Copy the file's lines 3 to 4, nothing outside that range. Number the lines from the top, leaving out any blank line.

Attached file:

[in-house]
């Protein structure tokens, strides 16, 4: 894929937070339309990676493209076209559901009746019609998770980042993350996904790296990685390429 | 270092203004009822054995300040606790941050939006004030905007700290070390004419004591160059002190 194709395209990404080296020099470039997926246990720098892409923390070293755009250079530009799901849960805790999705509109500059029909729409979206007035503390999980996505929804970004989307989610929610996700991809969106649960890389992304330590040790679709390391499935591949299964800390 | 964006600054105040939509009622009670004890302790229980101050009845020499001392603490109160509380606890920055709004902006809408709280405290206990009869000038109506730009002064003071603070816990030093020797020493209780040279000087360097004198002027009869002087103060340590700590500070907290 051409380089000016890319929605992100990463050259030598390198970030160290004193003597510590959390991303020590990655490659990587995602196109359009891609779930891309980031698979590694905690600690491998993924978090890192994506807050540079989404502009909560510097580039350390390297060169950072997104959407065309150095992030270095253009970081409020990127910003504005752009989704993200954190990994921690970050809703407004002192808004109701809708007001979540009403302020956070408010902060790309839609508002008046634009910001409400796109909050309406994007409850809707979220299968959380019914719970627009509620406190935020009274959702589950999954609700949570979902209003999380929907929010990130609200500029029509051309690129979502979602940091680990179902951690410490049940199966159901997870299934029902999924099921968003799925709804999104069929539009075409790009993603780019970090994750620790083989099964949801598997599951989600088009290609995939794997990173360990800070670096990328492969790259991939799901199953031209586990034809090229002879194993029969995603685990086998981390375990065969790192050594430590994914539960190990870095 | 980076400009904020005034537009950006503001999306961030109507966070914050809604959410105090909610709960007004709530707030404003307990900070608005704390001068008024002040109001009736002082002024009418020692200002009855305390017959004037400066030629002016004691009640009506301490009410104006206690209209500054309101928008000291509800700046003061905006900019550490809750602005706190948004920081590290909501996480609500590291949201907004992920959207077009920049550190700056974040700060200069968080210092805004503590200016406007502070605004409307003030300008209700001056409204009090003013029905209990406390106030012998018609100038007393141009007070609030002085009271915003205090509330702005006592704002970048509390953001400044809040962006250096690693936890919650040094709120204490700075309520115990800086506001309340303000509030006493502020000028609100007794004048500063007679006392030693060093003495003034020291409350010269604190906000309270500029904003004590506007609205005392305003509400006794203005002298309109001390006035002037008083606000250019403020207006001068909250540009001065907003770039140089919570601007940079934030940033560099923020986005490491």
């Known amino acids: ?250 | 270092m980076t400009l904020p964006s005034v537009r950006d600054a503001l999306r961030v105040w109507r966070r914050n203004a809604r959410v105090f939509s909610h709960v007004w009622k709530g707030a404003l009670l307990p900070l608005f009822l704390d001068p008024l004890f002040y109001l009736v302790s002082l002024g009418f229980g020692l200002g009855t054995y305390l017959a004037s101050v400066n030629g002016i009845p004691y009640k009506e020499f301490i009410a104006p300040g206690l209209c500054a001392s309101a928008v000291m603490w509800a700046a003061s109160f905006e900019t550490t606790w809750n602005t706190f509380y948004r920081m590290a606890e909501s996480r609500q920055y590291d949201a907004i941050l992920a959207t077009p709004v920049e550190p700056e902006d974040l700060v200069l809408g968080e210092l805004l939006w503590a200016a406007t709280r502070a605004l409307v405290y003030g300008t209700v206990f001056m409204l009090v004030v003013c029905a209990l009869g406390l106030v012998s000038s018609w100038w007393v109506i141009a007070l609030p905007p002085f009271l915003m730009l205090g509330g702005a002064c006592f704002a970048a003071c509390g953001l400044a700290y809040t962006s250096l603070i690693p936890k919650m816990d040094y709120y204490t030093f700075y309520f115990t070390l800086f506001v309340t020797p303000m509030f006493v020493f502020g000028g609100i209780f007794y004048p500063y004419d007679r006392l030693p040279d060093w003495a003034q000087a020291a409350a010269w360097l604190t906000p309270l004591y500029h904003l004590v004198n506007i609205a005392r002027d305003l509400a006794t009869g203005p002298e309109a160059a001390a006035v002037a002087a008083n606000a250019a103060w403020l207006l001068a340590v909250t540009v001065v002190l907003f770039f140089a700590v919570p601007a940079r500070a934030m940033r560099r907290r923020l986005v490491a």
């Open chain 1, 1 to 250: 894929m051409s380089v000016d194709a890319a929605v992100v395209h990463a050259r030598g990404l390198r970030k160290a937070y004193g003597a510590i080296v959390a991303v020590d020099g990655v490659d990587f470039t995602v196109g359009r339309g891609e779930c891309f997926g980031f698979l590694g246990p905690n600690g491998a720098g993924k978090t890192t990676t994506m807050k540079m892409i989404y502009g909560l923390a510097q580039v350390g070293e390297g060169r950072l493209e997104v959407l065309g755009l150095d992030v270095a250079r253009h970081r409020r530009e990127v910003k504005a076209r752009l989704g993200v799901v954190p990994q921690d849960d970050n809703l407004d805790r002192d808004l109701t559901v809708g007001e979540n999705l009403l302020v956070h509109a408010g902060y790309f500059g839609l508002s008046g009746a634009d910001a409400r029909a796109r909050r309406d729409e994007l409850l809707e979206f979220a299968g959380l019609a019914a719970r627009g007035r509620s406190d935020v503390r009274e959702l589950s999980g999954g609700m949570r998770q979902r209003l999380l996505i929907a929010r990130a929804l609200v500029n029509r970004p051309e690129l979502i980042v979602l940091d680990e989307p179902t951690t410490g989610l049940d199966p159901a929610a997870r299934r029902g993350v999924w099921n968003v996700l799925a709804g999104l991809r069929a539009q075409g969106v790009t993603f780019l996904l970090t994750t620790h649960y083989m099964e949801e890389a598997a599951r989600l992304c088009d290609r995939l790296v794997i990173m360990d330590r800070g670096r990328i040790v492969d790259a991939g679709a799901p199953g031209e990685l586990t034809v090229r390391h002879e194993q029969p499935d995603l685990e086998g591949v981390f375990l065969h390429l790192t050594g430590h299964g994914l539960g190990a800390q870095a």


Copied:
């Known amino acids: ?250 | 270092m980076t400009l904020p964006s005034v537009r950006d600054a503001l999306r961030v105040w109507r966070r914050n203004a809604r959410v105090f939509s909610h709960v007004w009622k709530g707030a404003l009670l307990p900070l608005f009822l704390d001068p008024l004890f002040y109001l009736v302790s002082l002024g009418f229980g020692l200002g009855t054995y305390l017959a004037s101050v400066n030629g002016i009845p004691y009640k009506e020499f301490i009410a104006p300040g206690l209209c500054a001392s309101a928008v000291m603490w509800a700046a003061s109160f905006e900019t550490t606790w809750n602005t706190f509380y948004r920081m590290a606890e909501s996480r609500q920055y590291d949201a907004i941050l992920a959207t077009p709004v920049e550190p700056e902006d974040l700060v200069l809408g968080e210092l805004l939006w503590a200016a406007t709280r502070a605004l409307v405290y003030g300008t209700v206990f001056m409204l009090v004030v003013c029905a209990l009869g406390l106030v012998s000038s018609w100038w007393v109506i141009a007070l609030p905007p002085f009271l915003m730009l205090g509330g702005a002064c006592f704002a970048a003071c509390g953001l400044a700290y809040t962006s250096l603070i690693p936890k919650m816990d040094y709120y204490t030093f700075y309520f115990t070390l800086f506001v309340t020797p303000m509030f006493v020493f502020g000028g609100i209780f007794y004048p500063y004419d007679r006392l030693p040279d060093w003495a003034q000087a020291a409350a010269w360097l604190t906000p309270l004591y500029h904003l004590v004198n506007i609205a005392r002027d305003l509400a006794t009869g203005p002298e309109a160059a001390a006035v002037a002087a008083n606000a250019a103060w403020l207006l001068a340590v909250t540009v001065v002190l907003f770039f140089a700590v919570p601007a940079r500070a934030m940033r560099r907290r923020l986005v490491a």
């Open chain 1, 1 to 250: 894929m051409s380089v000016d194709a890319a929605v992100v395209h990463a050259r030598g990404l390198r970030k160290a937070y004193g003597a510590i080296v959390a991303v020590d020099g990655v490659d990587f470039t995602v196109g359009r339309g891609e779930c891309f997926g980031f698979l590694g246990p905690n600690g491998a720098g993924k978090t890192t990676t994506m807050k540079m892409i989404y502009g909560l923390a510097q580039v350390g070293e390297g060169r950072l493209e997104v959407l065309g755009l150095d992030v270095a250079r253009h970081r409020r530009e990127v910003k504005a076209r752009l989704g993200v799901v954190p990994q921690d849960d970050n809703l407004d805790r002192d808004l109701t559901v809708g007001e979540n999705l009403l302020v956070h509109a408010g902060y790309f500059g839609l508002s008046g009746a634009d910001a409400r029909a796109r909050r309406d729409e994007l409850l809707e979206f979220a299968g959380l019609a019914a719970r627009g007035r509620s406190d935020v503390r009274e959702l589950s999980g999954g609700m949570r998770q979902r209003l999380l996505i929907a929010r990130a929804l609200v500029n029509r970004p051309e690129l979502i980042v979602l940091d680990e989307p179902t951690t410490g989610l049940d199966p159901a929610a997870r299934r029902g993350v999924w099921n968003v996700l799925a709804g999104l991809r069929a539009q075409g969106v790009t993603f780019l996904l970090t994750t620790h649960y083989m099964e949801e890389a598997a599951r989600l992304c088009d290609r995939l790296v794997i990173m360990d330590r800070g670096r990328i040790v492969d790259a991939g679709a799901p199953g031209e990685l586990t034809v090229r390391h002879e194993q029969p499935d995603l685990e086998g591949v981390f375990l065969h390429l790192t050594g430590h299964g994914l539960g190990a800390q870095a």